Coronavirus cases in Iran on the rise after reopening
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Iranians wearing protective face masks ride the metro, following the outbreak of the coronavirus disease (COVID-19), in Tehran, Iran, June 28, 2020.
WANA (West Asia News Agency)/Reuters
Iranian health officials are raising alarm bells about a new surge in the number of cases of the coronavirus and deaths in the country.
Some 162 people died over the past day, the most since April 4, when the country reported 158 deaths in a 24-hour period, Sima Sadat Lari, spokeswoman for Iran’s Health Ministry,.
“Since yesterday, we’ve seen a significant leap in infection rates and [hospital] admissions in Tehran, which is worrying.”
Sima Sadat Lari, Iran’s Health Ministry
“Since yesterday, we’ve seen a significant leap in infection rates and [hospital] admissions in Tehran, which is worrying,” Sadat Lari said.
The number of COVID-19 infections has been on the rise since Iran started to ease its lockdown on April 11. About 11,000 people have died there since the pandemic set in, according to official government numbers.
On Sunday, President Hassan Rouhani said wearing face masks in closed public spaces and crowded areas will be mandatory starting July 5.
According to Iran’s Health Ministry, infections in the first week of Junecompared to the week before.
Mahdiar Saeedian, a physician and medical activist in the Iranian city of Mashhad, said Intensive Care Unit beds are filling up again. Ventilators are being used up, and the numbers are not good.
“Health care workers are exhausted,” said Saeedian, adding that he knows of at least 135 health workers who have died of COVID-19, while about 4,000 have contracted the virus.
Opening up the economy and managing the coronavirus is a tough balancing act that many countries across the world face. But Iran faces additional challenges — most importantly, US sanctions.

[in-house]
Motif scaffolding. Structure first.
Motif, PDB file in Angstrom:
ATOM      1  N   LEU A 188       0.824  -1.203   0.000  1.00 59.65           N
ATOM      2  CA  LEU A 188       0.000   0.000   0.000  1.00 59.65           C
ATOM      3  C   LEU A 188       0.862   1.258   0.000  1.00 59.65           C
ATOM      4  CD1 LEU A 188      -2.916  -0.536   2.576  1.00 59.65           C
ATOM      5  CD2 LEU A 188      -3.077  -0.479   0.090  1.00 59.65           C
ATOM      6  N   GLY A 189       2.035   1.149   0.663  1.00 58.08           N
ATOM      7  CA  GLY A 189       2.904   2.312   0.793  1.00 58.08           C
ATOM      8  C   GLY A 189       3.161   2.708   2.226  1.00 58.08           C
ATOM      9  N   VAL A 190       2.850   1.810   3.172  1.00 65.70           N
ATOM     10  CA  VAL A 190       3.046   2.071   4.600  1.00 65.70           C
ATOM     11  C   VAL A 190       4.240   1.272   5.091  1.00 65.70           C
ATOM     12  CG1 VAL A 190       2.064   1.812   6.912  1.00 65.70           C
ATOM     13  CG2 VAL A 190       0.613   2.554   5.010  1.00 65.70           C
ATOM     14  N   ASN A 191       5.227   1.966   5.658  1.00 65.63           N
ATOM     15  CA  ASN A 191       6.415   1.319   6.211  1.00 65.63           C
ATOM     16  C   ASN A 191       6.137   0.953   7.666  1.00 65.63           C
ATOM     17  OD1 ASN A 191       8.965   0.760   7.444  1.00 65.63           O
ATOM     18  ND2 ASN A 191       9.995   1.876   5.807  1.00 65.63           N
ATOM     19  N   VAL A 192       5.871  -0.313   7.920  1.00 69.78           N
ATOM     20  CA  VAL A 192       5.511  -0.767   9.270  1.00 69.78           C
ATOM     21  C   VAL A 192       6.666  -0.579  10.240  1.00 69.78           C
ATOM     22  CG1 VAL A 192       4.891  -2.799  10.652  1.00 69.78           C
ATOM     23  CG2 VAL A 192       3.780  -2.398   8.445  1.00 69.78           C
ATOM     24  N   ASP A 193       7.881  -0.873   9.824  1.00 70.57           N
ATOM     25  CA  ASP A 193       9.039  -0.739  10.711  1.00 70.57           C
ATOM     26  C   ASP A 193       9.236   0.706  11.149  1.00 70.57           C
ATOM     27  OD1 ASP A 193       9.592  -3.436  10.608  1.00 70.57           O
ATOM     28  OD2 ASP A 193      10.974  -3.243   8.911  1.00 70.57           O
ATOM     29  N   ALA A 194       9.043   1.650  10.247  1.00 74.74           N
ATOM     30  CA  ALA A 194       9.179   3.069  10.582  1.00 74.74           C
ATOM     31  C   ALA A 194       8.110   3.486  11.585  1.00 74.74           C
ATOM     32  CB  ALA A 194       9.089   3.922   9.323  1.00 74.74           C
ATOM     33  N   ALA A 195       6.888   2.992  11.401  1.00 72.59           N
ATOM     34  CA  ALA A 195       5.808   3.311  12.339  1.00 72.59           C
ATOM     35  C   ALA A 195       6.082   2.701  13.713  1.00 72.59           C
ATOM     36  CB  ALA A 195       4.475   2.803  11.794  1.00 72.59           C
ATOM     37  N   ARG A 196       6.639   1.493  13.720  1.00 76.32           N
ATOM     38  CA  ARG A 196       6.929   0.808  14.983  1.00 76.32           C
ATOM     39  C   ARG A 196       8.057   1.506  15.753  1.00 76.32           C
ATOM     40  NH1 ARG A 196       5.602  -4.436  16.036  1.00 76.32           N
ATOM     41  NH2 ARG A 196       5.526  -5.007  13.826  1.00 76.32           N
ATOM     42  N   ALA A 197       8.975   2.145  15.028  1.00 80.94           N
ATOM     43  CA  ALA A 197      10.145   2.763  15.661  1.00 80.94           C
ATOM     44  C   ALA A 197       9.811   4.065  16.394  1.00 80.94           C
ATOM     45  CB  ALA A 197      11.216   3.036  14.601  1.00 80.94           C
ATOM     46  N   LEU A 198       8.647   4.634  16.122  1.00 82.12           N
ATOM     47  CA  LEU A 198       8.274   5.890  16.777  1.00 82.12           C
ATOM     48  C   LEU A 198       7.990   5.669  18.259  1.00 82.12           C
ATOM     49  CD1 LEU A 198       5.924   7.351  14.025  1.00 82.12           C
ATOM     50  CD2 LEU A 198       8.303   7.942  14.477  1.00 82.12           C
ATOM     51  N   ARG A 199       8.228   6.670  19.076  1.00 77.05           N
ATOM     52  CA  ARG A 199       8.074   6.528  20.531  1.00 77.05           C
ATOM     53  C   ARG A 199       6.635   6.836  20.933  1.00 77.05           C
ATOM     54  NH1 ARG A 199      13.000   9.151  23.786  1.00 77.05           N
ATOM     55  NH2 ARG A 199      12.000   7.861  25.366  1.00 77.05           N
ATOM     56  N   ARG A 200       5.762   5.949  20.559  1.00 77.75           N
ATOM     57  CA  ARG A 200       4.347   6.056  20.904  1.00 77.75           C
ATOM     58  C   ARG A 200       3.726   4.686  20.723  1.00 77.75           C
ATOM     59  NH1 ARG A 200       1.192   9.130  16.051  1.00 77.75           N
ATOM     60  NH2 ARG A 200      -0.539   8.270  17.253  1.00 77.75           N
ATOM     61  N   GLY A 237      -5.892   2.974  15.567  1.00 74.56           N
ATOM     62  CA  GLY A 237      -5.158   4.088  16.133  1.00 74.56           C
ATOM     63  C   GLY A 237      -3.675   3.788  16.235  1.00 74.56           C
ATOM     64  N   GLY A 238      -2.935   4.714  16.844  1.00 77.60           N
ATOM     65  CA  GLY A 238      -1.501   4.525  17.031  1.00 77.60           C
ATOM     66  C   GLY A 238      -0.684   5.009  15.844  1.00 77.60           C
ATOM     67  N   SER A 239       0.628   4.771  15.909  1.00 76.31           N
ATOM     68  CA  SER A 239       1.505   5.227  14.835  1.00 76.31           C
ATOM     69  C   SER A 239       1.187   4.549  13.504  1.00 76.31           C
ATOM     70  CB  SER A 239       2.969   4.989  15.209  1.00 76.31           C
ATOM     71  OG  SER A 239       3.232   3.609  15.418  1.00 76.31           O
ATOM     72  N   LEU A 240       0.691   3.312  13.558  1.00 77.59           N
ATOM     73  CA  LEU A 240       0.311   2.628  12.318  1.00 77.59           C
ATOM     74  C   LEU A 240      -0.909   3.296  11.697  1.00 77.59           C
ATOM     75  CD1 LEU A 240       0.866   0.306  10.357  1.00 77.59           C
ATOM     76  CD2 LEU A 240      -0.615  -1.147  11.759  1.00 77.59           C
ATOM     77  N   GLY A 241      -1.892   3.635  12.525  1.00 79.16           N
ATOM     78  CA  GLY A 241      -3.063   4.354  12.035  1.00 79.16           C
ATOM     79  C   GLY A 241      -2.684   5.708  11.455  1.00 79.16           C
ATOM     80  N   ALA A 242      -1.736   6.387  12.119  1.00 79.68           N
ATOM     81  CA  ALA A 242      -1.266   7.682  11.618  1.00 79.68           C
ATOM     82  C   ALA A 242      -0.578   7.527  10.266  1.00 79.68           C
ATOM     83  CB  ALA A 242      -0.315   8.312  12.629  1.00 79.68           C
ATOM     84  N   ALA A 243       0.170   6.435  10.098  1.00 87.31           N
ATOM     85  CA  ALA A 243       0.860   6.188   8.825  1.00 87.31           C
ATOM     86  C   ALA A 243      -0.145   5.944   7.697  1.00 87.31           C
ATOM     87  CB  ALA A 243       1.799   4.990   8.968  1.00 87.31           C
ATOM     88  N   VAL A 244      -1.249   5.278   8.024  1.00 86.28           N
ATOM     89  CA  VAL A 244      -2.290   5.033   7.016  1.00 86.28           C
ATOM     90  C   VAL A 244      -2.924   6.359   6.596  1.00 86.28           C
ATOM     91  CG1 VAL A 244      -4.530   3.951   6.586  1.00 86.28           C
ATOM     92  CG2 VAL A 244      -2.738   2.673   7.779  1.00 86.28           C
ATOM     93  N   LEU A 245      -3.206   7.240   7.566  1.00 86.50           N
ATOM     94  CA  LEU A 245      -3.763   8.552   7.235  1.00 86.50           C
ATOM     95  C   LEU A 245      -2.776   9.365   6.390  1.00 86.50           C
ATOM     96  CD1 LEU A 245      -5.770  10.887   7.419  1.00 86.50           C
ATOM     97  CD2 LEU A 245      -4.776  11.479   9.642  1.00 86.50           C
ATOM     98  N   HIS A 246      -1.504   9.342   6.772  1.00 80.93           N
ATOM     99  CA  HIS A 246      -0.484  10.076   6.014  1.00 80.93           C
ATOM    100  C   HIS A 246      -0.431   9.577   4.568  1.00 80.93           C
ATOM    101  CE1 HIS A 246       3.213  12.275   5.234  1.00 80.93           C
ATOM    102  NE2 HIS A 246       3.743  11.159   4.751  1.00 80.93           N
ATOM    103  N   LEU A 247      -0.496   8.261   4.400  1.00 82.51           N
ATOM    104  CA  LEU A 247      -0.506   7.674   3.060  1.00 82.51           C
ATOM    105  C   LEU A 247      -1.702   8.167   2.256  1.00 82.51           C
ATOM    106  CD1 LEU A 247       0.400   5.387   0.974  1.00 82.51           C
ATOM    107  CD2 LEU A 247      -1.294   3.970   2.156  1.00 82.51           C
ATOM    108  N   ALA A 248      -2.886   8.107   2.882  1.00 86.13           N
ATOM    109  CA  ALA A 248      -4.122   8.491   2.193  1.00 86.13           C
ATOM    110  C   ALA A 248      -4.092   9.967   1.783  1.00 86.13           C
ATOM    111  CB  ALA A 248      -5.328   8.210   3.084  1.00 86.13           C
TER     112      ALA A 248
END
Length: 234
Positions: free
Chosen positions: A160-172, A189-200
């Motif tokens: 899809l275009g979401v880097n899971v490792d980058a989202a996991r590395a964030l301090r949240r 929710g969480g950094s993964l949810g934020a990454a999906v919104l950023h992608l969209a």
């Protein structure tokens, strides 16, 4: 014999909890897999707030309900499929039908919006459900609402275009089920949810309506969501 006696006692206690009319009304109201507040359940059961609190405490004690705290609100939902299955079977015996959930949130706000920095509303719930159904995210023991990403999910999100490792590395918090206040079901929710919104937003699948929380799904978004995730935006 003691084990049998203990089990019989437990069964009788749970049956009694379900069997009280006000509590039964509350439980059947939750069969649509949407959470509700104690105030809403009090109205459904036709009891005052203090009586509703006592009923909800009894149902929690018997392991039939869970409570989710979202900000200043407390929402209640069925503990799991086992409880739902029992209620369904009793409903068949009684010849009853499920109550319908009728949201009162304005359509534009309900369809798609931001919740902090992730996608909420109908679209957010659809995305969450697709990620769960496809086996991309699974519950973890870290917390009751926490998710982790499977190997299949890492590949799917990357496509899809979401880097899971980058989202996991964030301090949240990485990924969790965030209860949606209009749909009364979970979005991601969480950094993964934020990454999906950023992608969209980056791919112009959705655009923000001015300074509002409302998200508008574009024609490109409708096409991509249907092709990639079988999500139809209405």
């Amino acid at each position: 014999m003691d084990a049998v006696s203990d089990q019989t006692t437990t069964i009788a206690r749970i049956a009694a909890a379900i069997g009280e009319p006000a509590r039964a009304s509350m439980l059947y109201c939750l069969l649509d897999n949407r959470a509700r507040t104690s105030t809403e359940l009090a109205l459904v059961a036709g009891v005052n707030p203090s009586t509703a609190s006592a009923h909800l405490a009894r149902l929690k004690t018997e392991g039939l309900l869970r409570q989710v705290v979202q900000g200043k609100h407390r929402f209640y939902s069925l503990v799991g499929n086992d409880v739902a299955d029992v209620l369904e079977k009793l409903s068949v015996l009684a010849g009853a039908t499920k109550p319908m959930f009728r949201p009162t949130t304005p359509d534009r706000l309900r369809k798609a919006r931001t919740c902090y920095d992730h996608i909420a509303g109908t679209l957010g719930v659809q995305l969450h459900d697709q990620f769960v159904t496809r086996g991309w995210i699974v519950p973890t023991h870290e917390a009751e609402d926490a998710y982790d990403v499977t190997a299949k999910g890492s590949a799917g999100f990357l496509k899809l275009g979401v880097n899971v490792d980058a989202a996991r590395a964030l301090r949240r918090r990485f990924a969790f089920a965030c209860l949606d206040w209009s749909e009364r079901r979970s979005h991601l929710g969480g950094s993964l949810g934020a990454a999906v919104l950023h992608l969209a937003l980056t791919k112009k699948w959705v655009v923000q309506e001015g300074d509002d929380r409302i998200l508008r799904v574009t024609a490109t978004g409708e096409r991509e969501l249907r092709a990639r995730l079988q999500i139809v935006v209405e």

In 2018, United States President Donald Trump withdrew from Iran’s nuclear deal with major powers and reimposed sanctions. Iran’s currency has fallen to its lowest-ever level against the US dollar.
At the same time, Iran has been hit with one of the worst outbreaks of the coronavirus in the Middle East, causing major losses for businesses.
And there is another worrying trend, too.
Last week, an anesthesiologiston social media claiming that relatives of a patient attacked and beat him. He said they broke his nose and caused severe damage to his eyes. In the video, his face looks badly bruised.
Saeedian said months of social isolation, economic hardship and uncertainty about the future have left many people on edge. What’s worse, he said, Iran is nowhere close to the end of this pandemic.
When the country reopened, it seemed like good news to makeup artist Saloume Zarandinia, who had saved money for years to start her own business. She had even picked a name — Audrey — after her favorite actress, Audrey Hepburn.
Her plans were stalled during the lockdown. And when restrictions eased, she was nervous at first, but she takes safety precautions seriously — requiring staffers to wear masks and wash their hands before and after every client and not to apply lipstick directly to anyone.
Now, it’s unclear what will happen to businesses like hers as the coronavirus cases continue to jump.
Dr. Pooya Payandemehr, head of emergency care at Sina Hospital in Tehran, said that the lockdown might have come late, but it did save lives.
“We had a few patients during the past month. … We had one or two patients daily at most.”
Dr. Pooya Payandehr, Sina Hospital
“We had a few patients during the past month,” he said. “We had one or two patients daily at most.”
In April, he said, the number of new cases went down. So, his hospital started to dismantle the coronavirus triage section. But he suspected it wasn’t over.
“Opening up routine activities of citizens and opening the jobs and shops and restaurants and everything else, it causes people to be in the city again without keeping away from each other and the protective policies are not respected that much,” he said.
“We are dealing with a situation that will last for one or two years,” he said. “As you can see, there is no magic medication to wipe away the illness.”